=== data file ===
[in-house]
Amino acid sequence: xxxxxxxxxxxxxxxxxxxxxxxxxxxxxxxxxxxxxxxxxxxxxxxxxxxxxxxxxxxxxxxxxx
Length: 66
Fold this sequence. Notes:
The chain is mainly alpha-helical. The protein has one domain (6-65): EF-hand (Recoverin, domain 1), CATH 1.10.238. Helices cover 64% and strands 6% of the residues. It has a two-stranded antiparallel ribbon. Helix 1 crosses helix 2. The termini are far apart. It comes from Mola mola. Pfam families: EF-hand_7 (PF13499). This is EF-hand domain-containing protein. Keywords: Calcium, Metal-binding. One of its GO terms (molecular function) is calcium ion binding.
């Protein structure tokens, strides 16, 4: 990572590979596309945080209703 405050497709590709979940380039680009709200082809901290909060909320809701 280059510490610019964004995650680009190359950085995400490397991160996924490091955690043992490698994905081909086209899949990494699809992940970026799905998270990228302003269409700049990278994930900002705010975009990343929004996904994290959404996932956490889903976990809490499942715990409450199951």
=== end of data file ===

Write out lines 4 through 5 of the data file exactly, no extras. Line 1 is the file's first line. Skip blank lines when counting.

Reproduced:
Fold this sequence. Notes:
The chain is mainly alpha-helical. The protein has one domain (6-65): EF-hand (Recoverin, domain 1), CATH 1.10.238. Helices cover 64% and strands 6% of the residues. It has a two-stranded antiparallel ribbon. Helix 1 crosses helix 2. The termini are far apart. It comes from Mola mola. Pfam families: EF-hand_7 (PF13499). This is EF-hand domain-containing protein. Keywords: Calcium, Metal-binding. One of its GO terms (molecular function) is calcium ion binding.